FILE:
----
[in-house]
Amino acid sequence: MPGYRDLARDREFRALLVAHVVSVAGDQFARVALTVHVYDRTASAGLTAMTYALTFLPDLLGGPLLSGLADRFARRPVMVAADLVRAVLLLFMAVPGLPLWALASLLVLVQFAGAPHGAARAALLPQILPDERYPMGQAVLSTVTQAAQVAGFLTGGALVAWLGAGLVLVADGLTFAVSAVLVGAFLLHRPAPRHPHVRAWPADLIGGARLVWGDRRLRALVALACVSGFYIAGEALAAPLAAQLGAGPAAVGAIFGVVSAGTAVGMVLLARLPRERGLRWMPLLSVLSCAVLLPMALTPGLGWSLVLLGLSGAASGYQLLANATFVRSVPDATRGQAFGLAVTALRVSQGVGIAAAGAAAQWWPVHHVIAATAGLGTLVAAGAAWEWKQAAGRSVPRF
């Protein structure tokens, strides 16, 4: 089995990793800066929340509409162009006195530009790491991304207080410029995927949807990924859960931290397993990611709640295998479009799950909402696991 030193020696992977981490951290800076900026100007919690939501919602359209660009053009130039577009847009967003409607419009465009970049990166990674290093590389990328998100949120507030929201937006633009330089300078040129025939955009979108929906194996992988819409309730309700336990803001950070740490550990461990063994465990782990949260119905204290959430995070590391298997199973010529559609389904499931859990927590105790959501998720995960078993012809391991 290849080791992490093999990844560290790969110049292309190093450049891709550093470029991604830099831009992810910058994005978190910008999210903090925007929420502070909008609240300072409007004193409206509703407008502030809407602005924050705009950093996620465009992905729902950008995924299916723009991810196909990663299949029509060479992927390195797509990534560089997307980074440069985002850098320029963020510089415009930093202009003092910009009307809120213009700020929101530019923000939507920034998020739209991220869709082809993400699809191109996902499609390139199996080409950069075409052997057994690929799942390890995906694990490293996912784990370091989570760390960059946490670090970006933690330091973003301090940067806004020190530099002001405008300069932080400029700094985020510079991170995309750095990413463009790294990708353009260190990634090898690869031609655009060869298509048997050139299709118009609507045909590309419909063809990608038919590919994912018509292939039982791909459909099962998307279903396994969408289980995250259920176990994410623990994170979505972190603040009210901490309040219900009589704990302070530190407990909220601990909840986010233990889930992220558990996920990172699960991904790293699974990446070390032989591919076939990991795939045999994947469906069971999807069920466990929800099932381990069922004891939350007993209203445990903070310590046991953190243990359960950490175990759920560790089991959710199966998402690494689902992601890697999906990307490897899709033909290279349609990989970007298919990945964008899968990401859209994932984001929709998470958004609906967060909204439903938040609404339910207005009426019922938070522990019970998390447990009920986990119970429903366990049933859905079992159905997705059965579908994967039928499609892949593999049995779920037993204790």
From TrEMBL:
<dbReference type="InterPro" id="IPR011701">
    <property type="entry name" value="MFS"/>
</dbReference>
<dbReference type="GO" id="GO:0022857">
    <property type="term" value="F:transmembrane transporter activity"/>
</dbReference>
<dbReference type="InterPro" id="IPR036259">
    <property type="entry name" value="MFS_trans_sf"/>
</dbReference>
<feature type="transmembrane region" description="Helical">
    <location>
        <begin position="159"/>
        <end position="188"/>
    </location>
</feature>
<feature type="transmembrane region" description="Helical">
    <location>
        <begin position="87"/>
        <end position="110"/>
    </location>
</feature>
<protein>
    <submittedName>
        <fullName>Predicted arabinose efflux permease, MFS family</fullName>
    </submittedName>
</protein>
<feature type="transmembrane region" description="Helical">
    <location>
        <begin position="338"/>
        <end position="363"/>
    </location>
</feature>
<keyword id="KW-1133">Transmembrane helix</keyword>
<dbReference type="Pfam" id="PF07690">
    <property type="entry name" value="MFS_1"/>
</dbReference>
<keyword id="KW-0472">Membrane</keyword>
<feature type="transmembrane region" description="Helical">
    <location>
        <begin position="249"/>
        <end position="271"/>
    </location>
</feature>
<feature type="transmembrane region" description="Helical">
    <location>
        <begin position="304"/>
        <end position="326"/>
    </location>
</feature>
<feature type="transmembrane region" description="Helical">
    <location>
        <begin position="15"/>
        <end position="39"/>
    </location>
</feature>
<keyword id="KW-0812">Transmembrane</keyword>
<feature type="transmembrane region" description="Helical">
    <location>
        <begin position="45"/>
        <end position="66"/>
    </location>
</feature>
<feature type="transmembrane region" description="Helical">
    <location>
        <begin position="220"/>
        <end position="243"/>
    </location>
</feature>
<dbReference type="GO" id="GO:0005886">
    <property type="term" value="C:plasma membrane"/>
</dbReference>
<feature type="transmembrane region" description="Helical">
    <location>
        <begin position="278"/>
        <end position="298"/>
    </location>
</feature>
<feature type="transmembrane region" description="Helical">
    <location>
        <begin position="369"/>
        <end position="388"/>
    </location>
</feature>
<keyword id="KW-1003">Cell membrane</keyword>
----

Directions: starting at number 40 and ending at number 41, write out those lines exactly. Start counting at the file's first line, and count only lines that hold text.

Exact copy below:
</dbReference>
<keyword id="KW-0472">Membrane</keyword>